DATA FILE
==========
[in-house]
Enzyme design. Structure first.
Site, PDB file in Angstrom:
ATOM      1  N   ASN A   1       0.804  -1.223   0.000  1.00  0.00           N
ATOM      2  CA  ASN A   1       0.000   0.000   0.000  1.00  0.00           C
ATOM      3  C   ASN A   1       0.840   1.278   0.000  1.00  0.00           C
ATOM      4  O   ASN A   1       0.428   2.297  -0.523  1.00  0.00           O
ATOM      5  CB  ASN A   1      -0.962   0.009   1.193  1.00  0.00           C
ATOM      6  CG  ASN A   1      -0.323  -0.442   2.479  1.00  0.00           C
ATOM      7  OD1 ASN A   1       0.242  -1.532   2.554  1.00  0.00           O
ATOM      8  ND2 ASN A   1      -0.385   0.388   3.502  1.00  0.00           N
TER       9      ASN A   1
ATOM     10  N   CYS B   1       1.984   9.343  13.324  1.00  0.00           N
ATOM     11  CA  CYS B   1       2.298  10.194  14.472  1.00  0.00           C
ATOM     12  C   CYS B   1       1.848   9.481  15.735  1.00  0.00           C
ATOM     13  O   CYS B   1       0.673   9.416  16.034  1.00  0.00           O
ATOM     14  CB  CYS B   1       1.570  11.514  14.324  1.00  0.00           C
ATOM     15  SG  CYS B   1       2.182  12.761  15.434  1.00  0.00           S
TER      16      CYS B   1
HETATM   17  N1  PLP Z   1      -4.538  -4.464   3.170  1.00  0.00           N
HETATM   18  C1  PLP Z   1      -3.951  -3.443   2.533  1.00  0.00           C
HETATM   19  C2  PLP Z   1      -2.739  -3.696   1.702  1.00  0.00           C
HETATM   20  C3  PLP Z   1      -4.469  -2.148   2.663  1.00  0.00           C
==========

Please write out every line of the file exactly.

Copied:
[in-house]
Enzyme design. Structure first.
Site, PDB file in Angstrom:
ATOM      1  N   ASN A   1       0.804  -1.223   0.000  1.00  0.00           N
ATOM      2  CA  ASN A   1       0.000   0.000   0.000  1.00  0.00           C
ATOM      3  C   ASN A   1       0.840   1.278   0.000  1.00  0.00           C
ATOM      4  O   ASN A   1       0.428   2.297  -0.523  1.00  0.00           O
ATOM      5  CB  ASN A   1      -0.962   0.009   1.193  1.00  0.00           C
ATOM      6  CG  ASN A   1      -0.323  -0.442   2.479  1.00  0.00           C
ATOM      7  OD1 ASN A   1       0.242  -1.532   2.554  1.00  0.00           O
ATOM      8  ND2 ASN A   1      -0.385   0.388   3.502  1.00  0.00           N
TER       9      ASN A   1
ATOM     10  N   CYS B   1       1.984   9.343  13.324  1.00  0.00           N
ATOM     11  CA  CYS B   1       2.298  10.194  14.472  1.00  0.00           C
ATOM     12  C   CYS B   1       1.848   9.481  15.735  1.00  0.00           C
ATOM     13  O   CYS B   1       0.673   9.416  16.034  1.00  0.00           O
ATOM     14  CB  CYS B   1       1.570  11.514  14.324  1.00  0.00           C
ATOM     15  SG  CYS B   1       2.182  12.761  15.434  1.00  0.00           S
TER      16      CYS B   1
HETATM   17  N1  PLP Z   1      -4.538  -4.464   3.170  1.00  0.00           N
HETATM   18  C1  PLP Z   1      -3.951  -3.443   2.533  1.00  0.00           C
HETATM   19  C2  PLP Z   1      -2.739  -3.696   1.702  1.00  0.00           C
HETATM   20  C3  PLP Z   1      -4.469  -2.148   2.663  1.00  0.00           C